Intelligence without poise, what does that look like, attractive in the evident potential and possibility, or so awkward as to force us to avert our eyes? The duckling was never ugly on the inside; it was only us viewers who made it so. Why must it be with young people coming of age? We expect much from them. We want that much more.
Last night they had a banquet at the high school for the speech team, the students a bunch of emoters, the teacher, near retirement, carrying on through the entire ceremony, proud of what he had wrought, in mock competition with his students, the biggest emoter of them all. All the world's a place for the ego to be on display. If one has stage presence, why not? A variety of awards were doled out and brief performances given, a night for the students to showcase in front of the parents. My son received acknowledgment for his essential goodness and mentoring of the more junior students, though not for his oratorical skills; the fish who chose to leave the water on his own after some encouragement from the teacher, a choice I probably would not have made were I in his place. He is more open to possibility, at the expense of his own shyness.
How do these tensions resolve? Does the late bloomer let the joie de vivre eventually flower, demonstrating grace with empathy and a gregarious nature begat from the isolation of the teen years? Or does the intellectual part of the persona take over completely, encouraging a withdrawal from other people, the detached and analytic perspective inadvertently causing his humanity to wizen, solely to focus on his own self-protection, as if that suffices as a life purpose?
In our little MotleyRead group, we are nearing the home stretch on Dubliners. I must want it to be over. In my father's pigeon French: Manger est bon, mais avoir manger est meilleur. (To eat is good, but to have eaten is better.) Maybe my memory is tricking me to believe it is almost done. I had thought A Painful Case was the story right before Grace, though a look at the table of contents for the Bantam Classic version clearly reveals it is not. I did reread the introduction by Brenda Maddox, where she discusses Joyce's anger at his Irish brethren, for their incapacity to lead full lives, as I wrote about here. In A Painful Case that incapacity is on full display. Among all the stories, the main character Duffy is closest to my own character. I understand his isolation, looking at it from the outside in, and feeling it from the inside out.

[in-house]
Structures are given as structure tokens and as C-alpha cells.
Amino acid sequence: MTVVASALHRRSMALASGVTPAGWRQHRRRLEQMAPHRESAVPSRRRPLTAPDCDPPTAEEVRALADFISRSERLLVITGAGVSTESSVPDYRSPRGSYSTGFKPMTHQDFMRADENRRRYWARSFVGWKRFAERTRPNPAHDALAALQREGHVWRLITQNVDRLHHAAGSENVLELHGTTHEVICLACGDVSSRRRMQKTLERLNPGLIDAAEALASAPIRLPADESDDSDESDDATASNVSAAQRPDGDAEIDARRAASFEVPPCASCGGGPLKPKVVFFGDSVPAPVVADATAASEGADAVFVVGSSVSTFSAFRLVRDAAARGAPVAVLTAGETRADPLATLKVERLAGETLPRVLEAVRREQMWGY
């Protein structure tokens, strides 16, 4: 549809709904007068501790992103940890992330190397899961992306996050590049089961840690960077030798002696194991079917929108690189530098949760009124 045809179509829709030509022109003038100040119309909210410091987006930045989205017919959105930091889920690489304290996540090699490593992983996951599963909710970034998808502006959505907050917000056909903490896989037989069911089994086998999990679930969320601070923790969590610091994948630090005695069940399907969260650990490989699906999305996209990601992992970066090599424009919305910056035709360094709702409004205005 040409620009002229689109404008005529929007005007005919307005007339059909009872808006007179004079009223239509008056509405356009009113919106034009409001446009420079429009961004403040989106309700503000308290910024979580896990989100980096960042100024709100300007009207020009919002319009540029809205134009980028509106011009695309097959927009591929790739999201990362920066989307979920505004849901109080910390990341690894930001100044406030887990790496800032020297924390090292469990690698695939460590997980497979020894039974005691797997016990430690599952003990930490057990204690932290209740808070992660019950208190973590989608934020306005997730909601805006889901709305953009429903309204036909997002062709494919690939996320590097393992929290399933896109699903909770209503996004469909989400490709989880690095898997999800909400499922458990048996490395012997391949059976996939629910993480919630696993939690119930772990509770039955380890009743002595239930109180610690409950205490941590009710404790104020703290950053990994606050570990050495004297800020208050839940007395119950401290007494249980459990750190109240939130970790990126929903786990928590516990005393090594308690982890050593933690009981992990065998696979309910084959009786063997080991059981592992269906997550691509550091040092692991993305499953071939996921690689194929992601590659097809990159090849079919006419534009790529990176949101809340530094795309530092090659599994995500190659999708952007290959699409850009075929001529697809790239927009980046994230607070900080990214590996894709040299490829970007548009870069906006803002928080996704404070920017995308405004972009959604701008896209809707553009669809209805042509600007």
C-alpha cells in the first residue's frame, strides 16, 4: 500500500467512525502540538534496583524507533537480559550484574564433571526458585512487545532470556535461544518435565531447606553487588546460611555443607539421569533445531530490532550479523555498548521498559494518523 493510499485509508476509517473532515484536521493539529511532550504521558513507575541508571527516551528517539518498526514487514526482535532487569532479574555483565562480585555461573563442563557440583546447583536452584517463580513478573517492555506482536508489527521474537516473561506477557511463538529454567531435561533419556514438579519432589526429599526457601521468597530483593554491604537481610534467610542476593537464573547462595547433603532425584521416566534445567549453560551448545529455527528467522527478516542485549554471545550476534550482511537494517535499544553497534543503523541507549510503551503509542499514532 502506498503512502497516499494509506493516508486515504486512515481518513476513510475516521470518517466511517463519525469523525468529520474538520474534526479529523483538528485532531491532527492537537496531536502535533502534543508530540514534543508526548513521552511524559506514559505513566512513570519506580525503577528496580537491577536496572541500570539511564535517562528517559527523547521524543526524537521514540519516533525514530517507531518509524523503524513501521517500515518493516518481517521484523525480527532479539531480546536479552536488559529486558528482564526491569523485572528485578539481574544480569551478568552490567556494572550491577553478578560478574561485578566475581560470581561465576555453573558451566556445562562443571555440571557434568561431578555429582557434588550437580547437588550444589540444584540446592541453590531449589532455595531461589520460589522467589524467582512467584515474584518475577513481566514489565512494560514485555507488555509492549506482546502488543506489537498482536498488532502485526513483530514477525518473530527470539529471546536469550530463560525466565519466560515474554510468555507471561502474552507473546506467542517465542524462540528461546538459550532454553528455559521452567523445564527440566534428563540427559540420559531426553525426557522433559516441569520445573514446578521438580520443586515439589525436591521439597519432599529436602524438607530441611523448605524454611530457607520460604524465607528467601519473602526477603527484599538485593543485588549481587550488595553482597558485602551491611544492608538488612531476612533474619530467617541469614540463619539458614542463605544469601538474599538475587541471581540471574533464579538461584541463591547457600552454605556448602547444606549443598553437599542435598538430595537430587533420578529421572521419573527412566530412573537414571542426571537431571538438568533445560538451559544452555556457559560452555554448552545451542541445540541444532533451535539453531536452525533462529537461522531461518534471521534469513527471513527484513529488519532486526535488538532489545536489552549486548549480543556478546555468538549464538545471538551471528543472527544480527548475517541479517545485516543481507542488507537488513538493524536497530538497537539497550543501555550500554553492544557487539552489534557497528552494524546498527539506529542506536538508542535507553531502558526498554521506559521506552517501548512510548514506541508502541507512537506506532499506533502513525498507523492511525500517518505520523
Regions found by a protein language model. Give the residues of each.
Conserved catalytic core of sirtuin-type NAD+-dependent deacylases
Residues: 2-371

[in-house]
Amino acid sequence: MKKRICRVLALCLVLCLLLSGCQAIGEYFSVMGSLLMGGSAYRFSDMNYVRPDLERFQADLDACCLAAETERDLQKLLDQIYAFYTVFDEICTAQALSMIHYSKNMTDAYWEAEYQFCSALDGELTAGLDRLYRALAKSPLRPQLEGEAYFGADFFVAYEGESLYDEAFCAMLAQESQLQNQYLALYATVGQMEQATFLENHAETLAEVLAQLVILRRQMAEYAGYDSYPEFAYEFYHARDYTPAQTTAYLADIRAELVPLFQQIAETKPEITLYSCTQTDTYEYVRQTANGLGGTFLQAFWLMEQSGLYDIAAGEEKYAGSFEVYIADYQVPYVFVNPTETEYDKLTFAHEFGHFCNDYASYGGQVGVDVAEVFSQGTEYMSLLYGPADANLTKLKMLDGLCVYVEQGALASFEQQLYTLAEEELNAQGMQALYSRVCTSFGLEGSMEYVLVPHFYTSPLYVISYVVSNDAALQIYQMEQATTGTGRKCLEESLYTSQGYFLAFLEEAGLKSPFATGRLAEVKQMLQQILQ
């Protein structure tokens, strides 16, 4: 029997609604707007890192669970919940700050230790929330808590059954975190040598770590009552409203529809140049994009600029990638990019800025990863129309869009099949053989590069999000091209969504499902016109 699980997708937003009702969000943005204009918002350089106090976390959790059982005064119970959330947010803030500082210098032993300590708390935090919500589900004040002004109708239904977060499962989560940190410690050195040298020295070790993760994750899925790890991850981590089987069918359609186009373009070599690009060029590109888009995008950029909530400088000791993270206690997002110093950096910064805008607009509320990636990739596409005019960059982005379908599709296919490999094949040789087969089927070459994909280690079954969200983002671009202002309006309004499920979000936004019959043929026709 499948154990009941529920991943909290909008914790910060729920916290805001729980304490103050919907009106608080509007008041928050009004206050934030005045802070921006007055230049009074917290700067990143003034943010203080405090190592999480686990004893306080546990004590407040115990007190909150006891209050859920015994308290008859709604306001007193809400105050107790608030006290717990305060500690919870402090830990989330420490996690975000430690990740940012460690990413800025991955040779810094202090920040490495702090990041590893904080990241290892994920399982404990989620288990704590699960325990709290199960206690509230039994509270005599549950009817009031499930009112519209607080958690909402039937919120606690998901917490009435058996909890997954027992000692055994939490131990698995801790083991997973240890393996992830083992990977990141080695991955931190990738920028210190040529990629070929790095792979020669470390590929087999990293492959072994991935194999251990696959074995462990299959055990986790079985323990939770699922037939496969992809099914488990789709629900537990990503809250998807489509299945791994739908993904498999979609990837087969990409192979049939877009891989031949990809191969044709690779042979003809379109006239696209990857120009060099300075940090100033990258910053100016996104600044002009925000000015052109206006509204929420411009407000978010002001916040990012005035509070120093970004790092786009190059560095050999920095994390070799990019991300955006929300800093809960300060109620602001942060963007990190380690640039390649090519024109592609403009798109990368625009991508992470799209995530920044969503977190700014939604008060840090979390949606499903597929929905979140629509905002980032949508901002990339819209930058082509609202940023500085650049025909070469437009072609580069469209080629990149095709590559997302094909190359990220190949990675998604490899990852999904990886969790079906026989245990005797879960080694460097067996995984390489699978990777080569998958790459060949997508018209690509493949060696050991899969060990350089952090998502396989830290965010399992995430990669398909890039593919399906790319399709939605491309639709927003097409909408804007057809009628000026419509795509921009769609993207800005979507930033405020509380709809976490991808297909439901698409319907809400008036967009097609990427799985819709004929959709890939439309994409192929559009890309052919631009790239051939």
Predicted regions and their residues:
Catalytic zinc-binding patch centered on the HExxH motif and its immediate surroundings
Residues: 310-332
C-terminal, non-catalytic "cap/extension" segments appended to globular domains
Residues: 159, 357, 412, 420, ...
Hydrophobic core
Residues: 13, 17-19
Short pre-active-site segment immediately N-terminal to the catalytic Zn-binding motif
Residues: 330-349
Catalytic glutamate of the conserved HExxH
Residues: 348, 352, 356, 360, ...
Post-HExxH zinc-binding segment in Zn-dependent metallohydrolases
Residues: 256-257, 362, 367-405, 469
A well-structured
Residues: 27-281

Alan describes Duffy very well and the image of the old man sitting on a bench that Alan uses to introduce his post creates a very effective vantage from which to contemplate Duffy. Yet there remains a puzzle. Was his instinctual reaction to sever from Emily inevitable after their touching, in which case it surely was a sad outcome but just as surely there was no crime committed, or did Duffy exercise discretion; he could have fought off his instincts and embraced his passion but did not rise to this higher plane? Having read Maddox, Joyce must have meant the latter or so it seems, though Joyce obfuscates matters, at least for me, by referring at the outset to Duffy's meticulous nature with a pedantic underpinning. Folks like that are born that way, not made, aren't they?
At the Speech Banquet one of the passages read was a version of the poem, First They Came, a forceful indictment about not getting involved, thereby implicitly accepting responsibility for the unintended but horrific outcome that emerged thereafter. Coupling First They Came with A Painful Case makes for a shot across the bow, one I need to pay heed of, and though I don't wish to preach I suspect many others need to pay attention as well.
As my father would say, attendez-vous vos affaires. Indeed.